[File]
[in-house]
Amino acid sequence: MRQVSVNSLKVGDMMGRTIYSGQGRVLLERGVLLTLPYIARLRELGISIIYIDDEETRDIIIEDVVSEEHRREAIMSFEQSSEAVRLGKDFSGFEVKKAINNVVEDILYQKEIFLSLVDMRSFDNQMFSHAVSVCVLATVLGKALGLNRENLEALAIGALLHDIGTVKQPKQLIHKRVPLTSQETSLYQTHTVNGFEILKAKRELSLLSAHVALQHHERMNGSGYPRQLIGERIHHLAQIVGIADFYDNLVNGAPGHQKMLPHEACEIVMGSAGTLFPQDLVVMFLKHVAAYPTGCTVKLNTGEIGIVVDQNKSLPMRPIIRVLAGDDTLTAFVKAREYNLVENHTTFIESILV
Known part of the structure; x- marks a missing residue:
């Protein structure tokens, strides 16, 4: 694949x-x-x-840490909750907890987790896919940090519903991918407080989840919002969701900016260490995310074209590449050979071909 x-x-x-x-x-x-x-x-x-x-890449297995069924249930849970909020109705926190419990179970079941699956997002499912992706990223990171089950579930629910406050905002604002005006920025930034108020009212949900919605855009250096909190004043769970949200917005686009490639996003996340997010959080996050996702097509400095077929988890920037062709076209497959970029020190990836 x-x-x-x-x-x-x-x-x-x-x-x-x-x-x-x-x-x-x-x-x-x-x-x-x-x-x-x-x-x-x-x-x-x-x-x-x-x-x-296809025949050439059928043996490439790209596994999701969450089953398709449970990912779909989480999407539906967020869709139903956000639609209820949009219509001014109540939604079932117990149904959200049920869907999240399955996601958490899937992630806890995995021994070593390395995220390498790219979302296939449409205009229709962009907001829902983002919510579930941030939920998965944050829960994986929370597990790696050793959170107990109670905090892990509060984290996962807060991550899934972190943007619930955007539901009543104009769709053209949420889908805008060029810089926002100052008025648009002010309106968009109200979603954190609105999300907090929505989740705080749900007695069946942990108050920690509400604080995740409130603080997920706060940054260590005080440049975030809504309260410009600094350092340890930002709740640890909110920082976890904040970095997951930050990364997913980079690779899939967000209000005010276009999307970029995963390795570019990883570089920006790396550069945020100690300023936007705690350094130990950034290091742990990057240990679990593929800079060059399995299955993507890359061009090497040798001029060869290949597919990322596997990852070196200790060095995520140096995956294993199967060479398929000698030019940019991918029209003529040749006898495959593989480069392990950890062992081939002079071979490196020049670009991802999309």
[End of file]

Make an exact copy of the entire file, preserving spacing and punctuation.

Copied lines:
[in-house]
Amino acid sequence: MRQVSVNSLKVGDMMGRTIYSGQGRVLLERGVLLTLPYIARLRELGISIIYIDDEETRDIIIEDVVSEEHRREAIMSFEQSSEAVRLGKDFSGFEVKKAINNVVEDILYQKEIFLSLVDMRSFDNQMFSHAVSVCVLATVLGKALGLNRENLEALAIGALLHDIGTVKQPKQLIHKRVPLTSQETSLYQTHTVNGFEILKAKRELSLLSAHVALQHHERMNGSGYPRQLIGERIHHLAQIVGIADFYDNLVNGAPGHQKMLPHEACEIVMGSAGTLFPQDLVVMFLKHVAAYPTGCTVKLNTGEIGIVVDQNKSLPMRPIIRVLAGDDTLTAFVKAREYNLVENHTTFIESILV
Known part of the structure; x- marks a missing residue:
């Protein structure tokens, strides 16, 4: 694949x-x-x-840490909750907890987790896919940090519903991918407080989840919002969701900016260490995310074209590449050979071909 x-x-x-x-x-x-x-x-x-x-890449297995069924249930849970909020109705926190419990179970079941699956997002499912992706990223990171089950579930629910406050905002604002005006920025930034108020009212949900919605855009250096909190004043769970949200917005686009490639996003996340997010959080996050996702097509400095077929988890920037062709076209497959970029020190990836 x-x-x-x-x-x-x-x-x-x-x-x-x-x-x-x-x-x-x-x-x-x-x-x-x-x-x-x-x-x-x-x-x-x-x-x-x-x-x-296809025949050439059928043996490439790209596994999701969450089953398709449970990912779909989480999407539906967020869709139903956000639609209820949009219509001014109540939604079932117990149904959200049920869907999240399955996601958490899937992630806890995995021994070593390395995220390498790219979302296939449409205009229709962009907001829902983002919510579930941030939920998965944050829960994986929370597990790696050793959170107990109670905090892990509060984290996962807060991550899934972190943007619930955007539901009543104009769709053209949420889908805008060029810089926002100052008025648009002010309106968009109200979603954190609105999300907090929505989740705080749900007695069946942990108050920690509400604080995740409130603080997920706060940054260590005080440049975030809504309260410009600094350092340890930002709740640890909110920082976890904040970095997951930050990364997913980079690779899939967000209000005010276009999307970029995963390795570019990883570089920006790396550069945020100690300023936007705690350094130990950034290091742990990057240990679990593929800079060059399995299955993507890359061009090497040798001029060869290949597919990322596997990852070196200790060095995520140096995956294993199967060479398929000698030019940019991918029209003529040749006898495959593989480069392990950890062992081939002079071979490196020049670009991802999309």